The trip was short but we packed in a lot of fun (and a little business too, of course!). We stayed at a hotel downtown - where it turned out that Dan Akroyd was staying as well! Much of Friday was spent dodging torrential downpours as we walked around the Navy Pier or entertained ourselves indoors. Friday night we met up with some of Katie's sister's friends at India House, which provided not only dinner but enough leftovers for breakfast for the rest of the trip!

Saturday we made our way out to Wrigley Field for a Cubs game and, wow, I was really impressed by the team spirit on show! Everyone for miles around was in Cubs gear and the stadium was rocking as everyone cheered or boo'ed for even the smallest events. Fan spirit is clearly another area of differentiation from Houston!

Before the game we brunched at Uncommon Ground, which featured delicious, natural food and inventive drinks. Afterward we bar hopped a little in Wrigleyville, returned downtown, and readied ourselves for another night out. Instead of Indian we opted for Italian at Quartino, which was unfortunately unremarkable. We made up for it afterward, though, at Eno, a wine bar that offered flights of wine, cheese, and chocolate! One of my buddies from Rice football and his wife joined us too, which only enhanced the experience.

Sunday morning we returned to Houston but soon we would be on the road again to Austin!


IMD: a Global Brand - a Global Bond

With four years now to reflect on the IMD network, I recently had two travel experiences that really cemented its value for me: Buenos Aires and Switzerland. When Katie and I went to Buenos Aires in May we were really helped along by my two IMD classmates there. They and their families met up with us, advised us on how best to experience the local scene, and even helped me make very valuable business connections while I was in town. Last month in Switzerland - where we need no advice on where to stay / what to do - it was the same: classmates came out of the woodwork to spend time with us and some were even incredibly helpful in business networking as well.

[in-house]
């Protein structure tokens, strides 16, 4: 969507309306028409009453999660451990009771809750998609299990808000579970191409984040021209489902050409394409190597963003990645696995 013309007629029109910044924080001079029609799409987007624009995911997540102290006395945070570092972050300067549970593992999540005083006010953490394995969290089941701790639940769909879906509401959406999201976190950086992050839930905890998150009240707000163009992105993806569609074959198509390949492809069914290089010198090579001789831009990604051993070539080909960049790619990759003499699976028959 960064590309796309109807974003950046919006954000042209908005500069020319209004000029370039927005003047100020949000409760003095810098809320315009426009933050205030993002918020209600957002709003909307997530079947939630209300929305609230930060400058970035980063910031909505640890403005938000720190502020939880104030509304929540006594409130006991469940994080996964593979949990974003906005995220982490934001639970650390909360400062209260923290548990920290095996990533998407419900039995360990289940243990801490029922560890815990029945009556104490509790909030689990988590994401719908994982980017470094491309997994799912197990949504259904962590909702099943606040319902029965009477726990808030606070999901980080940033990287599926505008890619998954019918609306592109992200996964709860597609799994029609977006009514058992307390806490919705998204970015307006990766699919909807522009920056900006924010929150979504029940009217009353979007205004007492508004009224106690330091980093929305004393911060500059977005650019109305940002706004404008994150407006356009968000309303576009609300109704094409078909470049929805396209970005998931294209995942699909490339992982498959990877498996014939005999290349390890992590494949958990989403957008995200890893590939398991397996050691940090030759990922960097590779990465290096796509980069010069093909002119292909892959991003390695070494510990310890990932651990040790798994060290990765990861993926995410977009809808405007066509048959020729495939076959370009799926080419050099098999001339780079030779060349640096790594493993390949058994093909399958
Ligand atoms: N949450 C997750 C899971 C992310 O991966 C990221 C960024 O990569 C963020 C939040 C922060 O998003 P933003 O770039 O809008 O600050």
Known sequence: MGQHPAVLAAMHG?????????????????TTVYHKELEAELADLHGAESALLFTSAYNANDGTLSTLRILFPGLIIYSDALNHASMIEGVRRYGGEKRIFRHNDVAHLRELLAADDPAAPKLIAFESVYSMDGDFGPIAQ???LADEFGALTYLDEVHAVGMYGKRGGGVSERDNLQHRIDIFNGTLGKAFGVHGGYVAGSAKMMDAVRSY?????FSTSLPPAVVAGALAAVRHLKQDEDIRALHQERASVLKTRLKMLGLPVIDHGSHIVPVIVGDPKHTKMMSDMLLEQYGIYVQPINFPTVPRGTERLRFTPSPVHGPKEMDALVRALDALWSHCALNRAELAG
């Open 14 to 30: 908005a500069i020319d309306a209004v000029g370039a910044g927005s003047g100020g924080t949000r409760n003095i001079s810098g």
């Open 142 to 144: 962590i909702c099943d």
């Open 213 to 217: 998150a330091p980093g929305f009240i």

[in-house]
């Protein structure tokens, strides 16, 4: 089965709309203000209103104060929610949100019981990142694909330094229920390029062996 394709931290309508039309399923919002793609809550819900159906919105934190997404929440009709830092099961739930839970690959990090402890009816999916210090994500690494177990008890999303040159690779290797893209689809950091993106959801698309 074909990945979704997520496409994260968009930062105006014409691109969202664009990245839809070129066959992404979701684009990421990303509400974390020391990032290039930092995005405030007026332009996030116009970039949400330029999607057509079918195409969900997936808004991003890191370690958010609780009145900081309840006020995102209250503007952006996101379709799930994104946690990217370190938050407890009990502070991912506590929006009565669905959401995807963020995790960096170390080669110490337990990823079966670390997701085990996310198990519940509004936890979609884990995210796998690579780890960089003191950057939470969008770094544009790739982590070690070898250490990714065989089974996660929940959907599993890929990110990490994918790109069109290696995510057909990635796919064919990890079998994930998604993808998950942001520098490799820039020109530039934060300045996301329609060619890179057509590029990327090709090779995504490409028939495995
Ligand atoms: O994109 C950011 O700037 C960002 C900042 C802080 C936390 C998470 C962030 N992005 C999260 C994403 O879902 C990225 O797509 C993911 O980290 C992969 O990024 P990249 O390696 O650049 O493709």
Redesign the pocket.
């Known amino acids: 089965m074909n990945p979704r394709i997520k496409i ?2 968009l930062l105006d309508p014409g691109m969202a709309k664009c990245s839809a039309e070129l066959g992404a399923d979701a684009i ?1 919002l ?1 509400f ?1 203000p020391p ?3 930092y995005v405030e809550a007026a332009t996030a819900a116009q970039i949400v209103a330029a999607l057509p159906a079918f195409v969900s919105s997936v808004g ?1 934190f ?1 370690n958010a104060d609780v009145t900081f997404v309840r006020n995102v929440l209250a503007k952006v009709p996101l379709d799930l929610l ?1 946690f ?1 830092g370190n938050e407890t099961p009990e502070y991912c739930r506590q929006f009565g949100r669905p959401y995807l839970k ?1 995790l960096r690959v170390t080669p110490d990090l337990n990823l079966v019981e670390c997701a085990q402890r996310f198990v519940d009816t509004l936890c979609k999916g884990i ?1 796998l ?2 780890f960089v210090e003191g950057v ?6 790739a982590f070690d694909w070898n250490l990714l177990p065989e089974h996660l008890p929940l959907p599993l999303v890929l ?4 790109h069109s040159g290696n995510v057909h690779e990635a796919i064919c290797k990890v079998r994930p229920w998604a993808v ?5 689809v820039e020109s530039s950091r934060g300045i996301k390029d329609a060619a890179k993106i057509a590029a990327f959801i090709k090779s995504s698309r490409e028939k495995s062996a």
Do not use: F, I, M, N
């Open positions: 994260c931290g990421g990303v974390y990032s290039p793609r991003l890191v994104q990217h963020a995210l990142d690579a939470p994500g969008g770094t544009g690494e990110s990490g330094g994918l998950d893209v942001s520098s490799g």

Before I discovered IMD I looked down my nose at MBAs, believing them to be people who were essentially paying for a new network of peers/colleagues. As I already had a nice network, this seemed of very little value to me. In my very first blog post ever I laid out my reasons for attending IMD, which happened also to be an MBA program. I joked often during that year that the IMD network would indeed be very valuable: with students from 45 countries we would surely be invited to weddings in fun destinations all over the world!

Indeed it has proven itself in that regard but I've been really impressed by how much more it is as well. In Buenos Aires, in Switzerland, and everywhere else I have encountered my IMD classmates there is a sense of joy at our reunion that is really hard to describe. There were so few of us and we underwent such a very intense experience together that an incredible bond was forged between us. Now, four years and thousands of miles removed from most of these classmates, the bond has only grown stronger.

Whenever we get together we all immediately fall into patterns of catch up about ourselves / our families, updates about our classmates (For such an ambitious, globally mobile group of people, it's almost like a competition to see who knows the the most recent update about each of us!), and earnest offers to help each other succeed in our professional and personal lives.

Having this extended team/family virtually anywhere we might hope to travel in the world is an incredibly comforting feeling. This is a very underanticipated, undermarketed aspect of the IMD MBA program: it's not just a global brand; it's a global bond!